The state prosecutor who took over many of the cases involving the April 2002 coup attempt, requested that travel bans be issued against 30 supporters of the coup, so that they do not leave the country. According to the prosecutor, Luisa Ortega Diaz, who took over from the assassinated state prosecutor Danilo Anderson, these 30 suspects pose a high probability of leaving the country in order to escape prosecution in Venezuela.

Included in the list of persons who are not allowed to travel abroad are numerous current leaders of the opposition. Among these are the director of Sumate, Maria Corina Machado, who had helped organize the recall referendum against President Chavez, Ignacio Salvatierra, the president of the Venezuelan Banking Council, Alberto Quiros Corradi, an oil industry expert, Sergio Omar Calderon, the former governor of Tachira state, Albis Muñoz, the president of Fedecamaras, the main Chamber of Commerce, and Jaime Manso, the president of the Teachers’ Federation.

The individuals who are not allowed to travel are being investigated for the crime of civil rebellion during the April 2002 coup, which attempted to replace President Chavez with the then president of Fedecamaras, Pedro Carmona. Over 400 individuals who participated in the event where Carmona was named president and in which all state powers, including the constitution, were dissolved, are under investigation.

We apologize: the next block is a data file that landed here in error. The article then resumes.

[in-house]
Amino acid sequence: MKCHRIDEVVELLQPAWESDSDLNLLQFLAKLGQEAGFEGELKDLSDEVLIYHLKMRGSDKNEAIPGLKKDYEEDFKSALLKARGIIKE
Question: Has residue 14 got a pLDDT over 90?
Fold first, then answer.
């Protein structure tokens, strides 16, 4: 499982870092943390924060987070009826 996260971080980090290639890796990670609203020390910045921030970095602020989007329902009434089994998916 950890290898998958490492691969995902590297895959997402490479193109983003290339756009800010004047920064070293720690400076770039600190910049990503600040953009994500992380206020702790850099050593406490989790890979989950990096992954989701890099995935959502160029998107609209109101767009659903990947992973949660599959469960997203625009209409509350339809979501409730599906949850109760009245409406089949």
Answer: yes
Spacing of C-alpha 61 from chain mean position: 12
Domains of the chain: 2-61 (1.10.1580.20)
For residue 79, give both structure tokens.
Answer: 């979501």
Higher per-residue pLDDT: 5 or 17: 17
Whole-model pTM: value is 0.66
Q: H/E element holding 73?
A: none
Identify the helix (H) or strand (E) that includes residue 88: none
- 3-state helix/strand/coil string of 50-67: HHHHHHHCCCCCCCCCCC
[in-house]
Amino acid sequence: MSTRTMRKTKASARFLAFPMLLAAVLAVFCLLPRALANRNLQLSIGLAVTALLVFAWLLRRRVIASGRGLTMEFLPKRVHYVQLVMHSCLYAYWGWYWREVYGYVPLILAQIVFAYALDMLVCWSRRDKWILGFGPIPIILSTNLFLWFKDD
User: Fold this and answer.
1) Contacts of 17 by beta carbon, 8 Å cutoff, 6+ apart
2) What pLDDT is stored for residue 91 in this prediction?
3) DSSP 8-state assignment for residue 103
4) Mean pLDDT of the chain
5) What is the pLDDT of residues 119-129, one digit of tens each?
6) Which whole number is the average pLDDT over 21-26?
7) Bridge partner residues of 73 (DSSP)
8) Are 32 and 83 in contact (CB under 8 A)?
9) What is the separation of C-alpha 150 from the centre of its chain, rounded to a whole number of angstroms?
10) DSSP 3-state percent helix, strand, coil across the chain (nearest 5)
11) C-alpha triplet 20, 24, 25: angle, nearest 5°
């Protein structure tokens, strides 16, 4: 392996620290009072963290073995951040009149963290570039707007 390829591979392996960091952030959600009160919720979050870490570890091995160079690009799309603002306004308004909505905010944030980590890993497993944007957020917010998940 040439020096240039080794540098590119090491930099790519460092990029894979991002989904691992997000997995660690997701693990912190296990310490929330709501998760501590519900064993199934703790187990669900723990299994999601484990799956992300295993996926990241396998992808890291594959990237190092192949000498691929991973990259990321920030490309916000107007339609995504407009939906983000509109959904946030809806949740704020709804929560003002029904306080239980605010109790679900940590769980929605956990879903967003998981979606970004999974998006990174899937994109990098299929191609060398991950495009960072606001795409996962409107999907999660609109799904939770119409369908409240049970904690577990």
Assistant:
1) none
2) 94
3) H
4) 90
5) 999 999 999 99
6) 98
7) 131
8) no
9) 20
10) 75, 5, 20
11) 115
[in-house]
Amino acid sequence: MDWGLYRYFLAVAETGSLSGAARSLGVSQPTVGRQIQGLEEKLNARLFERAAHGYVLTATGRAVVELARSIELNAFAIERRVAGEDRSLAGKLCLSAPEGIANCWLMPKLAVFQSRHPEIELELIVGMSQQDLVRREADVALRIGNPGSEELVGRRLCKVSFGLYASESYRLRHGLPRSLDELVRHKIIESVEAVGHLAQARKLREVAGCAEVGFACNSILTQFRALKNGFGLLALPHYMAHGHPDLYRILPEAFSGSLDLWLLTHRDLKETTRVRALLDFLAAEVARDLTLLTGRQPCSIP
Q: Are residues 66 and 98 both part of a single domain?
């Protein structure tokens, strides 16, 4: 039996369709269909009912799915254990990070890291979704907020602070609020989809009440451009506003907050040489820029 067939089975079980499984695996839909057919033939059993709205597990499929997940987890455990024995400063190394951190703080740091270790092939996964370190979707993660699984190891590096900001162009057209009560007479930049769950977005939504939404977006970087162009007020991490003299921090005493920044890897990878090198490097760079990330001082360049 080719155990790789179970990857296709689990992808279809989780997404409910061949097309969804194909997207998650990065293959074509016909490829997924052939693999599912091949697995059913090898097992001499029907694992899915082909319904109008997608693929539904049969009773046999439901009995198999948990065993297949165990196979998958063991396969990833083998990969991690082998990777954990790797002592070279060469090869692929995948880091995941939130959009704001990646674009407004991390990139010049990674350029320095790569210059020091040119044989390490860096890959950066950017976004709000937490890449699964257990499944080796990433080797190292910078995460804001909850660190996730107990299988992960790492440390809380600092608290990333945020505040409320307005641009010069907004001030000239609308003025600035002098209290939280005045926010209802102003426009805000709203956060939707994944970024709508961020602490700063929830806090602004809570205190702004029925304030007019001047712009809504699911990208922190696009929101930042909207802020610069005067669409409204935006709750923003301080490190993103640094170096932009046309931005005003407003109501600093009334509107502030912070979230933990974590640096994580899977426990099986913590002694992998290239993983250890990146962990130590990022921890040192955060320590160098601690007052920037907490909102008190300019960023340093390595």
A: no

Arrest warrants issued for leaders of the oil industry shutdown

State prosecutors also issued arrest warrants for three key leaders in the December 2002 to January 2003 oil industry shutdown, through which the opposition attempted had hoped to force Chavez’s resignation. Those being sought are Juan Antonio Fernández, Horacio Francisco Medina, and Mireya Ripanti de Amaya - all former managers of the state-owned oil company PDVSA.

The arrest warrants were issued in response to charges that were originally filed by Ali Rodriguez, the president of PDVSA at the time. Medina and Fernandez had been arrested before in early 2003, in relation to the oil industry shutdown, but were released by a court of appeals. The Supreme Court had reversed that decision, but no new arrest warrants had been issued until now. Juan Fernandez had gone into hiding for some of this time.

The state prosecutors charge that these leaders of the shutdown are responsible for various acts of sabotage that involved the environment (oil spills), data processing, and equipment (obstruction of valves). It is estimated that between $7 and $10 billion dollars were lost to the country as a result of the sabotage, lockout, and strike.